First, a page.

North Absaroka Wilderness
North Absaroka Wilderness is a 350,488-acre property that borders the eastern side of Yellowstone National Park in Shoshone National Forest. This is a large piece of almost completely undisturbed countryside in the heart of the Greater Yellowstone Ecosystem. The mountains are volcanic in origin, which makes for some very rugged countryside with deep, steep canyons dropping down from glacier-carved peaks that top 12,000'. A large part of the wilderness is essentially inaccessible. Complicating matters are the numerous creeks draining all that lower landscape covered with fertile volcanic topsoil: a heavy summer rain can turn a peaceful creek into a raging river of mud in minutes.
Even though the wilderness offers some 217 miles of trails, none of them are maintained and the signage is almost non-existent. The trails also tend to be steep, narrow and long, usually following drainages up and down the countryside. The only way to make your way from one drainage to another is climb beside the creek to the headwaters ridge and then cross the ridge to descend into another drainage. Most visitors come during big game seasons, looking for elk, moose, deer and bighorn sheep. There aren't many lakes but there are plenty of streams. The streams that are large enough also tend to be full of brown, brook, cutthroat and rainbow trout.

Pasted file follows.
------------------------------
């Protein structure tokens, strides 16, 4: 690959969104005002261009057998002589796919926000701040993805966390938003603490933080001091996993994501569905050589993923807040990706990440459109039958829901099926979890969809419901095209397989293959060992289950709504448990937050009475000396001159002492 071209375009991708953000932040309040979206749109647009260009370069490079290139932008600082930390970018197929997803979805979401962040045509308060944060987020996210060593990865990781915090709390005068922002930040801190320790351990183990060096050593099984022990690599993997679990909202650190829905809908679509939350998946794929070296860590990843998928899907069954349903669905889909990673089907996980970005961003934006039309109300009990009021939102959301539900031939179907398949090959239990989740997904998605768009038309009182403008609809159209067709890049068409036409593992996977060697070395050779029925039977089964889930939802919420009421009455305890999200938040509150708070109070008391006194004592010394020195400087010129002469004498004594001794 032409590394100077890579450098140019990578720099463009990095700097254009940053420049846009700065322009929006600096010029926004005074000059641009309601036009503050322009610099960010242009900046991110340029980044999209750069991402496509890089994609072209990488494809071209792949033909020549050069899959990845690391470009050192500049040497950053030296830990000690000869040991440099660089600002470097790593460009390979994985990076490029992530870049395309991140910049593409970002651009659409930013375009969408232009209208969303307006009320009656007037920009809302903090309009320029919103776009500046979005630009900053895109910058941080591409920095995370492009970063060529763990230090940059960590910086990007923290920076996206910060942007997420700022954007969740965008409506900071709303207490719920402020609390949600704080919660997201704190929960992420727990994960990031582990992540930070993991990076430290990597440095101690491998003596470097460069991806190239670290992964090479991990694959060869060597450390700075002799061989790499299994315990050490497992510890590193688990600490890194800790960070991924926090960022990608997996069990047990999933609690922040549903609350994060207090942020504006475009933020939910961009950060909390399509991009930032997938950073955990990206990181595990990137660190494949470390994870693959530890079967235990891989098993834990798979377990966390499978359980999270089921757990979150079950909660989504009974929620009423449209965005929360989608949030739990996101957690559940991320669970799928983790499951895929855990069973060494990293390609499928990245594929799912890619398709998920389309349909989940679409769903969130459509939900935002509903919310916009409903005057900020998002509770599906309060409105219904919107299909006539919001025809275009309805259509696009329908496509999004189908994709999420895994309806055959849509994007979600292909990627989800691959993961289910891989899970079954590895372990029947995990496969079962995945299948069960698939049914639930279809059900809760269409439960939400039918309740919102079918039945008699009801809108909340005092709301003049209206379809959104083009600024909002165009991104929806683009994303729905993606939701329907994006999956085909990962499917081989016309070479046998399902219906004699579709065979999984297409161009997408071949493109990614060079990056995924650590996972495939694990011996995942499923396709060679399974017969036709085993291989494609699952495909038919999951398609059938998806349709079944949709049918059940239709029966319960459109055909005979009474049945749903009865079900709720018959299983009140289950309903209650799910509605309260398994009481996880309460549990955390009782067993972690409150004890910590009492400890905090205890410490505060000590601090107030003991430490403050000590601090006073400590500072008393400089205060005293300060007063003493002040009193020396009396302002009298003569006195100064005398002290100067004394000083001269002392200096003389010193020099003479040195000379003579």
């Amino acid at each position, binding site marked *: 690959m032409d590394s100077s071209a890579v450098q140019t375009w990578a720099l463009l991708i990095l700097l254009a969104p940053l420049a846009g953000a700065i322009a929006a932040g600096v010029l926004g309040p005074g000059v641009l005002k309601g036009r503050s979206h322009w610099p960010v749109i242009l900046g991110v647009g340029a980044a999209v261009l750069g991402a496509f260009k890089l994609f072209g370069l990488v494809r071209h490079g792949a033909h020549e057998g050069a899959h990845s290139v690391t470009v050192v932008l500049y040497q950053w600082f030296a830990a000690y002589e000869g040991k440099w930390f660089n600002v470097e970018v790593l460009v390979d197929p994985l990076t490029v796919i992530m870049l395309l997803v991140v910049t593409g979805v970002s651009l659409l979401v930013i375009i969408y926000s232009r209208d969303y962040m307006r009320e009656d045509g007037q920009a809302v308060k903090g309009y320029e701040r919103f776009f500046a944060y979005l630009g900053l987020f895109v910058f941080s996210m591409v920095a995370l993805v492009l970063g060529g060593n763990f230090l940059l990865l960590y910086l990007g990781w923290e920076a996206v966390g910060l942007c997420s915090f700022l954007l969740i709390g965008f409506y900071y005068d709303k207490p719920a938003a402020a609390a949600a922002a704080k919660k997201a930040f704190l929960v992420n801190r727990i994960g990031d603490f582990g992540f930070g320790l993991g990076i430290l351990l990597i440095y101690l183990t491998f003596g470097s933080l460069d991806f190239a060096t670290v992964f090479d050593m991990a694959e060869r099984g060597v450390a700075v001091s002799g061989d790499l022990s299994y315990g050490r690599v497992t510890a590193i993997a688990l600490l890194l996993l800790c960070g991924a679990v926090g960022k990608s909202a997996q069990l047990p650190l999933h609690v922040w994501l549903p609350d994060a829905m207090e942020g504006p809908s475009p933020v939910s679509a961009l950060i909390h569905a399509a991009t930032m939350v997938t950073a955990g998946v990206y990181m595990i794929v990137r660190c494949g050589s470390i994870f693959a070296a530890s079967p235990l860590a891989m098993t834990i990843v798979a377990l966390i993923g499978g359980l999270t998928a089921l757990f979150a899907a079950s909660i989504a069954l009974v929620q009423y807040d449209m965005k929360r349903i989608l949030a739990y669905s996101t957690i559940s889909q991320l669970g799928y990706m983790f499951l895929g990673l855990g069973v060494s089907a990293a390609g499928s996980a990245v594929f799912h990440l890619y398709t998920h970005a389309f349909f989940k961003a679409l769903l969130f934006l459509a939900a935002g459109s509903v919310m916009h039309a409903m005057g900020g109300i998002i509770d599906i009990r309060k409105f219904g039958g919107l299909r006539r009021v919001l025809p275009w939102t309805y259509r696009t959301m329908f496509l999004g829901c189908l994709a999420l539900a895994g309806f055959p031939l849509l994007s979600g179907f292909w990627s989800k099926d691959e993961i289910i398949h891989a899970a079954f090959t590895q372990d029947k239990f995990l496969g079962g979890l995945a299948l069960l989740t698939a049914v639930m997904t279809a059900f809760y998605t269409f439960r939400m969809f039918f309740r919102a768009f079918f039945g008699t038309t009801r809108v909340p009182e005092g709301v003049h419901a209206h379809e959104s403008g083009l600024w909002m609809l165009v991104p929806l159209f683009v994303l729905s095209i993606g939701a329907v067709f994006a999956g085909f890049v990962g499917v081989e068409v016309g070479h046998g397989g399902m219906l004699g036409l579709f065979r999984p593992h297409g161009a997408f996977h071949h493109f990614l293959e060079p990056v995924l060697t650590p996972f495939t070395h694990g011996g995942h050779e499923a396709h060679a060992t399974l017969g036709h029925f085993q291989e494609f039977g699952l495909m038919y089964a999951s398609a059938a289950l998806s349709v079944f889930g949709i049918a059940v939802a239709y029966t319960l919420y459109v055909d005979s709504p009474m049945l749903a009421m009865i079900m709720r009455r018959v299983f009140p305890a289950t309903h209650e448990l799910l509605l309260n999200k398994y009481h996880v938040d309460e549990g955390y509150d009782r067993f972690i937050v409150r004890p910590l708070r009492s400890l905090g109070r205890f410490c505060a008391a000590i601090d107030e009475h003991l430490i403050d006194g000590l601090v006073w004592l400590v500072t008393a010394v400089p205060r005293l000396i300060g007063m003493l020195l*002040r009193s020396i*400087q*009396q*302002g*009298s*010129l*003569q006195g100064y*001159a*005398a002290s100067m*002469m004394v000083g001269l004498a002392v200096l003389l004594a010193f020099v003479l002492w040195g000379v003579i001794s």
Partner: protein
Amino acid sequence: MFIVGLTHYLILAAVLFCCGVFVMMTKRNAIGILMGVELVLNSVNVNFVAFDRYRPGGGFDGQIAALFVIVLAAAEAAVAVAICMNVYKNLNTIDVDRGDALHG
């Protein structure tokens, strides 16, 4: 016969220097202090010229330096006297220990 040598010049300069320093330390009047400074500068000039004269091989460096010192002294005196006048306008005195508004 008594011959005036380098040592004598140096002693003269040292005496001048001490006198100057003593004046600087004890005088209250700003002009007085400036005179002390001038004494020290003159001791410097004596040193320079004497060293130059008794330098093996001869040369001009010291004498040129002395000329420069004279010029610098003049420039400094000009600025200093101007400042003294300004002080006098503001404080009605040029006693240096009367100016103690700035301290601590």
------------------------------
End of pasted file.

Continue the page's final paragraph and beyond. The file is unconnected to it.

One thing to be very careful of: the grizzly bear has done very well in this wilderness since it was reintroduced many years ago. Every year people get hurt by being either completely silly or completely oblivious to their presence. They are a force of nature to be reckoned with in these hills... You'll want to be practicing extreme bear discipline or you'll be literally risking your life.
Summers tend to be relatively cool, dry and short. The flying insect situation isn't usually too bad, once you get past black gnat season in late May and June. Because most of the human traffic is concentrated in certain areas on certain trails in the heart of the summer season, the limited number of appealing campsites can lead to some serious overuse problems.
Other photos courtesy of the US Forest Service